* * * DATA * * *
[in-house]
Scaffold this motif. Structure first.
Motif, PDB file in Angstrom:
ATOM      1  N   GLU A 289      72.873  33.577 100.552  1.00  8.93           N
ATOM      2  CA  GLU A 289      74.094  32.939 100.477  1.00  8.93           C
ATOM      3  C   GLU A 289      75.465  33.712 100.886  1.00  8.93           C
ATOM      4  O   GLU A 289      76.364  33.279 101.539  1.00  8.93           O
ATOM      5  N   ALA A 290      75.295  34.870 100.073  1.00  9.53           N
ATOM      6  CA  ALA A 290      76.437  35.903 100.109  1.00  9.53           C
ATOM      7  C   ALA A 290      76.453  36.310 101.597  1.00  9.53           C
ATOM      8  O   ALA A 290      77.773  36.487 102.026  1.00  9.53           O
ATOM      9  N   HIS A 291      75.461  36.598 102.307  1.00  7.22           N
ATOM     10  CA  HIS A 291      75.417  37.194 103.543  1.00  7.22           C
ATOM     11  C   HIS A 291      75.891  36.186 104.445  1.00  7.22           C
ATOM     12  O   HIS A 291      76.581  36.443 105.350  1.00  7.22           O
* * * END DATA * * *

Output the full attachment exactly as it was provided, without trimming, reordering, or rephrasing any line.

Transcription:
[in-house]
Scaffold this motif. Structure first.
Motif, PDB file in Angstrom:
ATOM      1  N   GLU A 289      72.873  33.577 100.552  1.00  8.93           N
ATOM      2  CA  GLU A 289      74.094  32.939 100.477  1.00  8.93           C
ATOM      3  C   GLU A 289      75.465  33.712 100.886  1.00  8.93           C
ATOM      4  O   GLU A 289      76.364  33.279 101.539  1.00  8.93           O
ATOM      5  N   ALA A 290      75.295  34.870 100.073  1.00  9.53           N
ATOM      6  CA  ALA A 290      76.437  35.903 100.109  1.00  9.53           C
ATOM      7  C   ALA A 290      76.453  36.310 101.597  1.00  9.53           C
ATOM      8  O   ALA A 290      77.773  36.487 102.026  1.00  9.53           O
ATOM      9  N   HIS A 291      75.461  36.598 102.307  1.00  7.22           N
ATOM     10  CA  HIS A 291      75.417  37.194 103.543  1.00  7.22           C
ATOM     11  C   HIS A 291      75.891  36.186 104.445  1.00  7.22           C
ATOM     12  O   HIS A 291      76.581  36.443 105.350  1.00  7.22           O